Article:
Intel’s New Sixth Generation Core CPUs Are Made For Overclocking And Serious Gaming

Have you been putting off building a new hardcore gaming PC? Well, wait no more. Intel has two new processors, aimed at hardcore overclockers and the gaming super-elite, for you to drool over, and they’re out right now.

If you can accept nothing but the very best, then you’ll want the new flagship Core i7-6700K is a 4.0GHz monster, boosting to 4.2GHz under load across its four cores and eight threads, with a massive 8MB of L3 cache. There’s a new top i5, too, the familiarly named Core i5-6600K (anyone else remember the Q6600 overclocking powerhouse?) at 3.5-3.9GHz and 6MB of cache. That K suffix means they’re entirely unlocked for overclockers to mess around with multiplers and clock speeds, which is a Very Good Thing for enthusiasts.

As debuted on earlier Intel chips like Core M, the new sixth-gen CPUs are sliced together on the company’s now mature 14-nanometre production process. A new socket — LGA1151, one pin difference from the fifth generation Cores — means that you’ll need a new motherboard to support this new generation, but you don’t necessarily have to buy these two top of the line chips. There are plenty more new CPUs on the way in the sixth generation of Intel’s Core, but at least for a few weeks — maybe until the Intel Developer Forum in the middle of this month — you’ll have to be content with these high-end variants.

These new Intel CPUs are much improved for overclocking, with full-range base clock overclocking, as well as unlocked multipliers; this all comes from some internal adjustment like Intel abandoning its Fully Internal Voltage Regulator, a source of frustration for serious clockers, for an external motherboard-based solution. Maximum speeds from the best chips skyrocket as a result — I’ve seen a real-world example of the new i7 hitting 5.1GHz on basic water cooling. Memory overclocking has been radically overclocked, too, to the point that we’ve seen hugely boosted results versus last generation processors on Z97 and X99 platforms.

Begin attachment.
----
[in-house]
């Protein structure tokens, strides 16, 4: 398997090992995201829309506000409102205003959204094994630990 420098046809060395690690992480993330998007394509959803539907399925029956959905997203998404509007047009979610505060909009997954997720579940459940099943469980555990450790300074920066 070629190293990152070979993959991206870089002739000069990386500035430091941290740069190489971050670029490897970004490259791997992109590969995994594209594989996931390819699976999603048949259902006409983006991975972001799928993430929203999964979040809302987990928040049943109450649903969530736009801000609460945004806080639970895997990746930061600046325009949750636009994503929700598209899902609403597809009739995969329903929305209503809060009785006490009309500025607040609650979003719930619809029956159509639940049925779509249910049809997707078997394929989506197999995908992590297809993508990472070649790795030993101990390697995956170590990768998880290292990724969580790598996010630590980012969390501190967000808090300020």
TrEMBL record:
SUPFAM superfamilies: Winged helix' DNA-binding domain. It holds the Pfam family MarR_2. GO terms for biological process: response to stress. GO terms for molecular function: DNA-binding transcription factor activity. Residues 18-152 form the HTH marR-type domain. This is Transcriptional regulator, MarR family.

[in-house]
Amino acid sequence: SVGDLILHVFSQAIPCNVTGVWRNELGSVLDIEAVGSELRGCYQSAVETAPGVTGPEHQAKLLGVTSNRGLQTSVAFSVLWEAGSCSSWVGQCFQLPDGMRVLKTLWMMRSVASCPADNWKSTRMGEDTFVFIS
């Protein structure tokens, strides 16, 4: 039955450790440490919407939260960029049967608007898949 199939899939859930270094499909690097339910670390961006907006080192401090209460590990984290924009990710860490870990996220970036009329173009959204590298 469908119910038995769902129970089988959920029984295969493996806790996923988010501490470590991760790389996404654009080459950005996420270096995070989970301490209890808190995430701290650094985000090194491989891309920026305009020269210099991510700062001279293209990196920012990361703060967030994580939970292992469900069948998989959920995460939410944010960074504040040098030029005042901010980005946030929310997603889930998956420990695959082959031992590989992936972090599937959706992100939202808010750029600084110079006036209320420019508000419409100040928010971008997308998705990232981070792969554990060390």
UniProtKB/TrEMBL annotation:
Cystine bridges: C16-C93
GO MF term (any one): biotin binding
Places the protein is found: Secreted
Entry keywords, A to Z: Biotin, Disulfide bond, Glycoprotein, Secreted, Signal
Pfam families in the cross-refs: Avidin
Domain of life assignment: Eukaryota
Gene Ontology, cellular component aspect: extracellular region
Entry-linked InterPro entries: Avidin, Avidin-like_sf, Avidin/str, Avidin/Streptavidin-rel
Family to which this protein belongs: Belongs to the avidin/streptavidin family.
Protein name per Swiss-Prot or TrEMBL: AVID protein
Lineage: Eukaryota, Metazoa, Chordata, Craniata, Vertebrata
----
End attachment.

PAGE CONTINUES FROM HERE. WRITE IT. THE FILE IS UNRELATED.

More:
The new chips, along with the debuting 1151-pin socket Intel Z170 chipset — a new consumer performance model, taking over from the Z97 — support both DDR4-2133 and DDR3-1600 RAM, although it’s likely that performance boards on LGA1151 will almost all use DDR4 for its advantages in lower voltages and higher clock speeds. You might find DDR3 on a low-end board, but expect to buy some new RAM as well. (Why not throw in a new Intel 750 Series SSD, just because?)

We’ve seen an entire line-up of new Asus boards using Z170, and those run the entire gamut from super-premium to modest. There’s a new Maximus VIII Extreme, Hero, Gene, Impact and Ranger in the ROG line-up, as well as Pro Gaming and Asus Signature models, with a whole bunch of fancy tech integrated as you move up the range. Z170 also enables a bunch of new PCI-Express lanes which mean PCs We’ll get into more detail on those and Z170 itself in a post tomorrow, so stay tuned.

You’ll pay a little more than last generation’s chips for the privilege of having a brand new, top of the line processor — Intel partner distributor Synnex has the i5-6600K for $399 and the i7-6700K for $579, a small price premium over last generation’s i7-4790K at $499 and i5-4690K at $349. Internationally, the i5 and i7 are priced at US$243 and US$350 respectively.

They’re even in new boxes, much fancier than the old blue windowed kits you used to buy. Prices will vary between different distributors, of course, and we’ve seen i7-6700Ks popping up around the $539 mark and i5-6600Ks for around $369 already. The new sixth-generation Intel overclockers’ chips are out now. [Intel]

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